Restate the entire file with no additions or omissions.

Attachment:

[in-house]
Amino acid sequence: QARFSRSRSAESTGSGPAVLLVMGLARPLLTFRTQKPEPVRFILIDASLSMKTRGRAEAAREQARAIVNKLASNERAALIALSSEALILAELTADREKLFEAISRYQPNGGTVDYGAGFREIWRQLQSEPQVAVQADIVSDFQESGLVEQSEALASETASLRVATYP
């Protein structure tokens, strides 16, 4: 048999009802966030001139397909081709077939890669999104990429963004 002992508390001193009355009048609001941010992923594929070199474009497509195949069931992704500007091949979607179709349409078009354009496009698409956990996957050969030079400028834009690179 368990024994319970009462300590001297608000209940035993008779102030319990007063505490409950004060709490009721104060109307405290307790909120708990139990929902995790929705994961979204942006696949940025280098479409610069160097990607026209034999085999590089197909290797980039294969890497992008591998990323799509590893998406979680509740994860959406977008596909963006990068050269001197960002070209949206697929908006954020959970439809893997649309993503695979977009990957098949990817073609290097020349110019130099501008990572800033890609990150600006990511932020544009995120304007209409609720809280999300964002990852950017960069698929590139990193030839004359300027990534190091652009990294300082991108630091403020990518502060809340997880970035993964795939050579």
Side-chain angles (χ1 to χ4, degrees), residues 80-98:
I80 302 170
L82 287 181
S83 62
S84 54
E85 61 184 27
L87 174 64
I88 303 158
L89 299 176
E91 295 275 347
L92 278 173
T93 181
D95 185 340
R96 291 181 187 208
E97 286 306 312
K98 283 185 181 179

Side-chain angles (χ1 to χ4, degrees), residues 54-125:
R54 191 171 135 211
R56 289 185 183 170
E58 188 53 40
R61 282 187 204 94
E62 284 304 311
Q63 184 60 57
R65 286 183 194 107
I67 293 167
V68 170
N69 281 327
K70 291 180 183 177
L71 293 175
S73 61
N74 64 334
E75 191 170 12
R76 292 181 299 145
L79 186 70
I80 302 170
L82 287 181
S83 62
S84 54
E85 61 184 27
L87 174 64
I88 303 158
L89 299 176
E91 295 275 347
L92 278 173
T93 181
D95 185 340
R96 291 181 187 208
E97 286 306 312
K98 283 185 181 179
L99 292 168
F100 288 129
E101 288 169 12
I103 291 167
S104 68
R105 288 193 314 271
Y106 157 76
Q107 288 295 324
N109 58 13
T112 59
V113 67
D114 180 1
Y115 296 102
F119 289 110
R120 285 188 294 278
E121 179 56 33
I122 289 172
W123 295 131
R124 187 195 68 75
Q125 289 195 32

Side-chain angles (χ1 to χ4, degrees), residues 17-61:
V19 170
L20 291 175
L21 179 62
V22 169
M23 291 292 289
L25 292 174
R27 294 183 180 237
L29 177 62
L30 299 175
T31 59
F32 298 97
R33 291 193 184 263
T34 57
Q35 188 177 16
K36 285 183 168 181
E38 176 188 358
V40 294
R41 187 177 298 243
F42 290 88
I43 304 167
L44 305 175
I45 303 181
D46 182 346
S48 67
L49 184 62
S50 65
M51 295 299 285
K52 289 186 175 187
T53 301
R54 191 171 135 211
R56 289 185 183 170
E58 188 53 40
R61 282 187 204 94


[in-house]
Amino acid sequence: QARFSRSRSAESTGSGPAVLLVMGLARPLLTFRTQKPEPVRFILIDASLSMKTRGRAEAAREQARAIVNKLASNERAALIALSSEALILAELTADREKLFEAISRYQPNGGTVDYGAGFREIWRQLQSEPQVAVQADIVSDFQESGLVEQSEALASETASLRVATYP
């Protein structure tokens, strides 16, 4: 048999009802966030001139397909081709077939890669999104990429963004 002992508390001193009355009048609001941010992923594929070199474009497509195949069931992704500007091949979607179709349409078009354009496009698409956990996957050969030079400028834009690179 368990024994319970009462300590001297608000209940035993008779102030319990007063505490409950004060709490009721104060109307405290307790909120708990139990929902995790929705994961979204942006696949940025280098479409610069160097990607026209034999085999590089197909290797980039294969890497992008591998990323799509590893998406979680509740994860959406977008596909963006990068050269001197960002070209949206697929908006954020959970439809893997649309993503695979977009990957098949990817073609290097020349110019130099501008990572800033890609990150600006990511932020544009995120304007209409609720809280999300964002990852950017960069698929590139990193030839004359300027990534190091652009990294300082991108630091403020990518502060809340997880970035993964795939050579």
Side-chain angles (χ1 to χ4, degrees), residues 80-98:
I80 302 170
L82 287 181
S83 62
S84 54
E85 61 184 27
L87 174 64
I88 303 158
L89 299 176
E91 295 275 347
L92 278 173
T93 181
D95 185 340
R96 291 181 187 208
E97 286 306 312
K98 283 185 181 179

Side-chain angles (χ1 to χ4, degrees), residues 54-125:
R54 191 171 135 211
R56 289 185 183 170
E58 188 53 40
R61 282 187 204 94
E62 284 304 311
Q63 184 60 57
R65 286 183 194 107
I67 293 167
V68 170
N69 281 327
K70 291 180 183 177
L71 293 175
S73 61
N74 64 334
E75 191 170 12
R76 292 181 299 145
L79 186 70
I80 302 170
L82 287 181
S83 62
S84 54
E85 61 184 27
L87 174 64
I88 303 158
L89 299 176
E91 295 275 347
L92 278 173
T93 181
D95 185 340
R96 291 181 187 208
E97 286 306 312
K98 283 185 181 179
L99 292 168
F100 288 129
E101 288 169 12
I103 291 167
S104 68
R105 288 193 314 271
Y106 157 76
Q107 288 295 324
N109 58 13
T112 59
V113 67
D114 180 1
Y115 296 102
F119 289 110
R120 285 188 294 278
E121 179 56 33
I122 289 172
W123 295 131
R124 187 195 68 75
Q125 289 195 32

Side-chain angles (χ1 to χ4, degrees), residues 17-61:
V19 170
L20 291 175
L21 179 62
V22 169
M23 291 292 289
L25 292 174
R27 294 183 180 237
L29 177 62
L30 299 175
T31 59
F32 298 97
R33 291 193 184 263
T34 57
Q35 188 177 16
K36 285 183 168 181
E38 176 188 358
V40 294
R41 187 177 298 243
F42 290 88
I43 304 167
L44 305 175
I45 303 181
D46 182 346
S48 67
L49 184 62
S50 65
M51 295 299 285
K52 289 186 175 187
T53 301
R54 191 171 135 211
R56 289 185 183 170
E58 188 53 40
R61 282 187 204 94